Ex-CMS chief: Resolve health IT privacy, security issues

The federal government needs to lead the way in resolving the privacy and information security uncertainties surrounding health information technology, the former director of the Centers for Medicare and Medicaid Services told a Washington audience today.

“Now is the time to really move forward on these privacy and security issues” that stand in the way of health IT progress, said Mark McClellan, who now directs a health care reform program at the Brookings Institution, a think tank.

He mentioned the American Health Information Community, the high-level advisory committee at the Health and Human Services Department, as one possible forum for working through the issues, in addition to the HHS-sponsored Health IT Standards Panel.

McClellan spoke at the annual conference of the eHealth Initiative, whose members were told earlier that unresolved privacy and security issues associated with health IT are bothering some members of Congress. The committee report accompanying the 2008 HHS appropriations bill in the House asked for a “privacy and security framework that will establish trust among consumers and users of electronic personal health information and will govern all efforts to advance electronic health information exchange.” The report specifies elements it wants to see in the framework, such as “allowing individuals to have a say in who and how their information is used” and maintaining data integrity.

Ned McCulloch, manager of government and congressional relations at IBM, predicted that health IT legislation would at least come close to winning congressional approval next year. He said Rep. Anna Eshoo (D-Calif.) has introduced a bill in the House that resembles the Wired for Health Care Quality Act awaiting Senate action.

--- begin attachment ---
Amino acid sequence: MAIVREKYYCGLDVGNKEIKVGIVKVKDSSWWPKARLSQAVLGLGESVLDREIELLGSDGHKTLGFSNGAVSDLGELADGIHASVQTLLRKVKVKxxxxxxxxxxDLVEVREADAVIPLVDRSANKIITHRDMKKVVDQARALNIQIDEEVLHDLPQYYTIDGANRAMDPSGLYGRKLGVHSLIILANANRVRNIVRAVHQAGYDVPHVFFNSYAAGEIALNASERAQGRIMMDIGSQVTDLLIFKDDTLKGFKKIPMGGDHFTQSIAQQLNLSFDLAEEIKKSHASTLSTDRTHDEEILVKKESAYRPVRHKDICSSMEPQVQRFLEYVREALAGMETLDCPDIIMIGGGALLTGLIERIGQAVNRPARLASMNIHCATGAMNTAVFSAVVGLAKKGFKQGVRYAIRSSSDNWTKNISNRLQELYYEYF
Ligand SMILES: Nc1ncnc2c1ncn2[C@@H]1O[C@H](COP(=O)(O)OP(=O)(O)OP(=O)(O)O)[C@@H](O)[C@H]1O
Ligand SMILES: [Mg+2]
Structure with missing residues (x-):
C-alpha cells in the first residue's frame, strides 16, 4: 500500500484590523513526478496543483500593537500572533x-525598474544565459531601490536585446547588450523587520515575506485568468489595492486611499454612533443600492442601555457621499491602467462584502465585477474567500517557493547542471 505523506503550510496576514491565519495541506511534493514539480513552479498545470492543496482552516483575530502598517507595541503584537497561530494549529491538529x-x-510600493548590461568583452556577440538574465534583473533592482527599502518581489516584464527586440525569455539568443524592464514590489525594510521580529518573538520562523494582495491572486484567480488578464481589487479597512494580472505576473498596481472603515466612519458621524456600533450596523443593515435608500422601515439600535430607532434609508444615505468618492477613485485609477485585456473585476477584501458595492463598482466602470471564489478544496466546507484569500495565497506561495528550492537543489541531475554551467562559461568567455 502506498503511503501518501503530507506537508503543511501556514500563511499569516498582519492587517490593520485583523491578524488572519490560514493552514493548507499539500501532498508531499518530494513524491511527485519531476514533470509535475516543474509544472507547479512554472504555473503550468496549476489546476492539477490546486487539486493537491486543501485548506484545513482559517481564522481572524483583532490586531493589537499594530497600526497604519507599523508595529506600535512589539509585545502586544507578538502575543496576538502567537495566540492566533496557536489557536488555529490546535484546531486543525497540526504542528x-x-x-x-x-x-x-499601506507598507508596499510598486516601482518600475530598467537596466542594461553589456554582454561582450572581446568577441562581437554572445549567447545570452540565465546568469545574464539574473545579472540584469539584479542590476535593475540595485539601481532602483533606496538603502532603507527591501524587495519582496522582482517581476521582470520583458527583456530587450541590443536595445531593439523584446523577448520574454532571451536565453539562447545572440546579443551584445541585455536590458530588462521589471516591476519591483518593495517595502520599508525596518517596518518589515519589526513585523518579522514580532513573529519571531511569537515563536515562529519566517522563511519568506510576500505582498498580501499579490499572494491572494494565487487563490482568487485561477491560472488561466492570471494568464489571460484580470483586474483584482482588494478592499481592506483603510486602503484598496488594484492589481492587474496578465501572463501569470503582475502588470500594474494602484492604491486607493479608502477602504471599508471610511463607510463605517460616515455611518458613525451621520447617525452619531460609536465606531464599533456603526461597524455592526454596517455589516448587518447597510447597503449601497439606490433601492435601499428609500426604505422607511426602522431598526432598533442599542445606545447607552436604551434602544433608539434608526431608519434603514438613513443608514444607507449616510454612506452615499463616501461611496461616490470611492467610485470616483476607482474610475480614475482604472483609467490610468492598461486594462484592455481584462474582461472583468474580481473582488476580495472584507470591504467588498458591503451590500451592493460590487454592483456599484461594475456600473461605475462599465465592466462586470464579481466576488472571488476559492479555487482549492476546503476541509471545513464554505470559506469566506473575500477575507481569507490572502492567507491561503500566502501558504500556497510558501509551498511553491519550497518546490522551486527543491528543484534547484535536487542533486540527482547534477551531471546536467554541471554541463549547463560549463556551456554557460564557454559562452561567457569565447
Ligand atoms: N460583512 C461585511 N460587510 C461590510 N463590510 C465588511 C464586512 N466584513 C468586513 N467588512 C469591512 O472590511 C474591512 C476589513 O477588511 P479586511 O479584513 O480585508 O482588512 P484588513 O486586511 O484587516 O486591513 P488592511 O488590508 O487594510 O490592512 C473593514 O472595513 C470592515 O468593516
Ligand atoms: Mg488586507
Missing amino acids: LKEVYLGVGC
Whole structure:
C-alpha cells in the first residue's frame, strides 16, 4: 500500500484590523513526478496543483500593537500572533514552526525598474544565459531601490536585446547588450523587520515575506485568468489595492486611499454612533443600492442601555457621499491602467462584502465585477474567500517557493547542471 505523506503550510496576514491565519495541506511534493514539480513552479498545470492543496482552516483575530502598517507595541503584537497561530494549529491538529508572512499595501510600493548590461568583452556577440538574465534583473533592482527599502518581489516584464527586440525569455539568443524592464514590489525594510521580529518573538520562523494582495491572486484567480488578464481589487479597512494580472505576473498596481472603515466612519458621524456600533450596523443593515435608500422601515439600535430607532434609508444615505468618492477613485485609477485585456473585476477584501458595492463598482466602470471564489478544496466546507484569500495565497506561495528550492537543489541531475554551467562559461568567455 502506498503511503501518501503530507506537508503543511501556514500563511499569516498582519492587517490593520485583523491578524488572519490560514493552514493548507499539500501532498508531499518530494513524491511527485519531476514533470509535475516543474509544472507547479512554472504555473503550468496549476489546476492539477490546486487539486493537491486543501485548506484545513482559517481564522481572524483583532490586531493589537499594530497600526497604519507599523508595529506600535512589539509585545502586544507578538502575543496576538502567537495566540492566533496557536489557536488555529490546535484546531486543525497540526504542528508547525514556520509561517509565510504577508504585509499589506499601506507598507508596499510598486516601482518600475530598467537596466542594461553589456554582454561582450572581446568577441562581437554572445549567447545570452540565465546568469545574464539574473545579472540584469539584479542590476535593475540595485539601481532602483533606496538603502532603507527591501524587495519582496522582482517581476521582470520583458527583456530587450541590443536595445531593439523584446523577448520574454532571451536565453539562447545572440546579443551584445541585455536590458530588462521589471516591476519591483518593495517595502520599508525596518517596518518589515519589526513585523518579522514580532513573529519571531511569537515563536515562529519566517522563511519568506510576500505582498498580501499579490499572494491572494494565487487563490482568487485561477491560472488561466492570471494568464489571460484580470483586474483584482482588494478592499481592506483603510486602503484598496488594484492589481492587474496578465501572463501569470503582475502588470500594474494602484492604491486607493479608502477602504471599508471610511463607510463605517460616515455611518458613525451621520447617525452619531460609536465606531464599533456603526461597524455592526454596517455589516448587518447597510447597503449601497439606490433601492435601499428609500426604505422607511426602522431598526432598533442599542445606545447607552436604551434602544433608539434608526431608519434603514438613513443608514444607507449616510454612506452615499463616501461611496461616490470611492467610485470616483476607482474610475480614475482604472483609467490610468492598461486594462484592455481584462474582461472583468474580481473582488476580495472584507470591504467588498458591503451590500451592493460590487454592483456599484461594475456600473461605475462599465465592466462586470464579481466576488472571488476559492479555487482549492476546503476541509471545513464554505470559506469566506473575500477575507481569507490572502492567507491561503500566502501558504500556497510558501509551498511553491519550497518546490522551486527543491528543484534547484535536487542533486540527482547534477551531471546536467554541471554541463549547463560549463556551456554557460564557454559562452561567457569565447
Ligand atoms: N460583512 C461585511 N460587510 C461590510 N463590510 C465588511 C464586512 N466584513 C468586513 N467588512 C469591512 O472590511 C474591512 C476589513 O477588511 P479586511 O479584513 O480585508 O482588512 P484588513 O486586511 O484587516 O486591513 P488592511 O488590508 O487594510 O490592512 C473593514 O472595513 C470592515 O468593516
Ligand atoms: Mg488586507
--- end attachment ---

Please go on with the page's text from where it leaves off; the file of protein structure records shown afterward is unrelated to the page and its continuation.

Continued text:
Christine Bechtel, vice president for public policy and government relations at the eHealth Initiative, said more state governments are taking action on health IT because Congress has not done so. So far this year 15 state health IT bills have become law, she said.

McClellan said he is working for “a high-value health care system that people won’t mind so much spending the money on.”

To achieve quality, those involved in health care must agree on definitions of quality care and then measure their progress toward those goals, he said. This will require new and better health information systems, particularly for medical care. “There’s only so much you can do” with data collected for payment purposes, such as insurance claims, McClellan said.

“Getting to a Nationwide Health Information Network isn’t going to be easy,” he said, “but I’m more optimistic now than I was in the past.”

About the Author

Nancy Ferris is senior editor of Government Health IT.

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